Daily Reading for August 30
Pelagius, born in the latter half of the fourth century, was a Celtic Briton. Tradition has it that he was the son of a Welsh bard, which would help to explain his breadth of learning. He was a big, enthusiastic man; even his physical appearance became subject to adverse comment. Augustine’s friend Orosius describes him as a huge, proud Goliath, over-confident in his own strength, and even criticizes Pelagius’ hair-style, which may well have been an early example of the Celtic monastic style modeled on the pre-Christian Druidic tonsure (long but shaved around the sides and back), as opposed to the traditional Roman cut (shaved at the crown of the head). This same issue was to draw attention a few centuries later, at the Synod of Whitby, and of course was much more than a mere disagreement about hair-style. It signaled an unease about the Celtic mission’s readiness to incorporate aspects of the thought and symbolism of the nature mysticism and religious practice that preceded Christianity in Celtic Britain.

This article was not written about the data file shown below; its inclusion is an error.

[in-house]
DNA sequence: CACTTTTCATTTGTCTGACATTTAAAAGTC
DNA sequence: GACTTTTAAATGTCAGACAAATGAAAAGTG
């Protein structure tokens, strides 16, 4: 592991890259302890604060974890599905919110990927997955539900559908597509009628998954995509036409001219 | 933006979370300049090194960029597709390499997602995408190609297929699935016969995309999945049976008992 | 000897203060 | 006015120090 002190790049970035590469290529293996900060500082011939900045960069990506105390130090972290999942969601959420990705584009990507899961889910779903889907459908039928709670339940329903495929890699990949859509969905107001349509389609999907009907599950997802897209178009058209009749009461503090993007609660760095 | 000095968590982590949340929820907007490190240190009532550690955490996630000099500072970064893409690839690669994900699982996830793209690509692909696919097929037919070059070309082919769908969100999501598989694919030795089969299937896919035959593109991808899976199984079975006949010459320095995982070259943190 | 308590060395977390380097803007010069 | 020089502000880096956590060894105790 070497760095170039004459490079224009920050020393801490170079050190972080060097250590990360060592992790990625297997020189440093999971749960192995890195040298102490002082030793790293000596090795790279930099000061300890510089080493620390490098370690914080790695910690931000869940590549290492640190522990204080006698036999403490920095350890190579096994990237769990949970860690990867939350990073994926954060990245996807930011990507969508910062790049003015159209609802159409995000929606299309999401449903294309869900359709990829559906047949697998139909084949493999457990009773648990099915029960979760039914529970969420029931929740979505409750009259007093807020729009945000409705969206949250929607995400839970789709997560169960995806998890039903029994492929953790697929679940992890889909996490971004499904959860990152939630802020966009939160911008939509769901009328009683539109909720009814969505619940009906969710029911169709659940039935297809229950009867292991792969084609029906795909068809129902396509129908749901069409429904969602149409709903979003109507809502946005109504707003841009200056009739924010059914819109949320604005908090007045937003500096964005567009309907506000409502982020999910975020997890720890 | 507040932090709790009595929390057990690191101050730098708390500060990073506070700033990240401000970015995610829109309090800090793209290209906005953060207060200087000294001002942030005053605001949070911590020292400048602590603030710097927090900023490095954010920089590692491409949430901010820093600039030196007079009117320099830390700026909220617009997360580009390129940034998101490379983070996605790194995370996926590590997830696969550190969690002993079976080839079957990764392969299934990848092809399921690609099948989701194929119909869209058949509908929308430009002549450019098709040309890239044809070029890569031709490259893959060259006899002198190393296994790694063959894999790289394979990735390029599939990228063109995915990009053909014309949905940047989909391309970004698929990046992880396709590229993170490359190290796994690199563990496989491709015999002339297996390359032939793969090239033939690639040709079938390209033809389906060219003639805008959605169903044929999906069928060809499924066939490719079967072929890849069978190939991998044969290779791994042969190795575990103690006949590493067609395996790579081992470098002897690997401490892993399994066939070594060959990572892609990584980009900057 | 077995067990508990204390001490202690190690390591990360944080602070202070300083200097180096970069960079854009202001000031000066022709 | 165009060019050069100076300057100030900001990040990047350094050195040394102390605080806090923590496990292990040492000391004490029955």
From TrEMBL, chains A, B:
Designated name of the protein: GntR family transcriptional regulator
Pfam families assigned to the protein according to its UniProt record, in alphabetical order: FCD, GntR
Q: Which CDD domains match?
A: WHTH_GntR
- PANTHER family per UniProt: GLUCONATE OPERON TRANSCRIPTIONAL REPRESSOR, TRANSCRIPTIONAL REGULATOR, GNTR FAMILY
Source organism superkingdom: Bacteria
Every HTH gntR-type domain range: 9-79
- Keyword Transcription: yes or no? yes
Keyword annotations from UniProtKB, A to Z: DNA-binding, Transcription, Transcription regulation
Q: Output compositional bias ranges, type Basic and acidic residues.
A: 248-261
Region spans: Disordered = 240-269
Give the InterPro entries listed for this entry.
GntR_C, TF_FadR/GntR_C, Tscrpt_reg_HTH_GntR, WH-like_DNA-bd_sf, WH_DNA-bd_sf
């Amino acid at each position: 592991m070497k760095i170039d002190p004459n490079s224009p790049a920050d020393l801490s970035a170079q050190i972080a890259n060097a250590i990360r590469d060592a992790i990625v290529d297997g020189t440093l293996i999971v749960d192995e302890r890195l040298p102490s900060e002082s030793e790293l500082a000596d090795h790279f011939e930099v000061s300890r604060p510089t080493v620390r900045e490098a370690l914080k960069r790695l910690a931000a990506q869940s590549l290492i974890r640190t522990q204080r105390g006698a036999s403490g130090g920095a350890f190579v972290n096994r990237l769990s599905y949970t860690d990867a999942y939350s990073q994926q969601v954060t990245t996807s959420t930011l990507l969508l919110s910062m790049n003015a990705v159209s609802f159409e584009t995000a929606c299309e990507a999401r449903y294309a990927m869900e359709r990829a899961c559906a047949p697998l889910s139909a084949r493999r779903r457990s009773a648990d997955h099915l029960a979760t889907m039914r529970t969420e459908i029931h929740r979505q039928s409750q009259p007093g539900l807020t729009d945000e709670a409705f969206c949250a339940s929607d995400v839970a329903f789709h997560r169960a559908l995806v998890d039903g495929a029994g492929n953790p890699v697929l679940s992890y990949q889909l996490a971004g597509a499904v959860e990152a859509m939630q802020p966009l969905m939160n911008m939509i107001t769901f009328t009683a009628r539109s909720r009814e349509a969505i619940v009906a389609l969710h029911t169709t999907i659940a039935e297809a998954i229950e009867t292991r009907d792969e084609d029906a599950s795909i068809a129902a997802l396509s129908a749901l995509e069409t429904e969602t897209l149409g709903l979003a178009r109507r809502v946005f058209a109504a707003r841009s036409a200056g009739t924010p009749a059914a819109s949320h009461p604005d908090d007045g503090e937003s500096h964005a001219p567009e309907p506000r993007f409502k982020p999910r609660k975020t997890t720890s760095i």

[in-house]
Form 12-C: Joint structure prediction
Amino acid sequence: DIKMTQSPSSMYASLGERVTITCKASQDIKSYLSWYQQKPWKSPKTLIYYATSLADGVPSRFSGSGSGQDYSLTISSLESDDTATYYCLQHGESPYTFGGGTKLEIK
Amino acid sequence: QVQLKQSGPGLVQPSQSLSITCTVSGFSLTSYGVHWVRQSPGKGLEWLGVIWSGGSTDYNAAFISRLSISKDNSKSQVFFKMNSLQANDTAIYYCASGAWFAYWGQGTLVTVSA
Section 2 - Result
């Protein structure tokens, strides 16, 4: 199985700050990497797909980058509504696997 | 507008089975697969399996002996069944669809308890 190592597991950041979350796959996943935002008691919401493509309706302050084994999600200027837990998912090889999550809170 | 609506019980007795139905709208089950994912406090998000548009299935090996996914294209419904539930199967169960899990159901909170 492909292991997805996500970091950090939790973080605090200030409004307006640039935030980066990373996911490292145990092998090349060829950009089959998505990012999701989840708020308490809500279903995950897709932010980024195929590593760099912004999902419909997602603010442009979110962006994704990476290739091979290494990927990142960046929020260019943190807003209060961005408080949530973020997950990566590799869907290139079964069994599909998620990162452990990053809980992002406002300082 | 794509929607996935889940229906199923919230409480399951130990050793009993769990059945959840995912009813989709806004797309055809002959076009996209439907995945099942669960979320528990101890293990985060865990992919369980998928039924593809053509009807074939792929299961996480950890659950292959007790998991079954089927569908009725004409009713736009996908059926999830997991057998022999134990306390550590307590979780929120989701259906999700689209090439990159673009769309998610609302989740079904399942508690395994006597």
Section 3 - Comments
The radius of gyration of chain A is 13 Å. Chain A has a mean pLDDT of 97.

The early writings of Pelagius contain themes that would develop into some of the main characteristics of the Celtic tradition over the following centuries. Pelagius even makes reference, for example, to the practice of finding an anamchara or ‘soul friend’, a well-known feature of the spiritual discipline within the Celtic Church in later centuries. Typically, he focuses less on looking to the organized Church for spiritual counsel than on finding in life a ‘friend of the soul’, one to whom the inner self can be opened, ‘hiding nothing’, as Pelagius says, ‘revealing everything’ in order to know and further explore what is in one’s own heart.
From Listening for the Heartbeat of God: A Celtic Spirituality by J. Philip Newell (Paulist Press, 1997).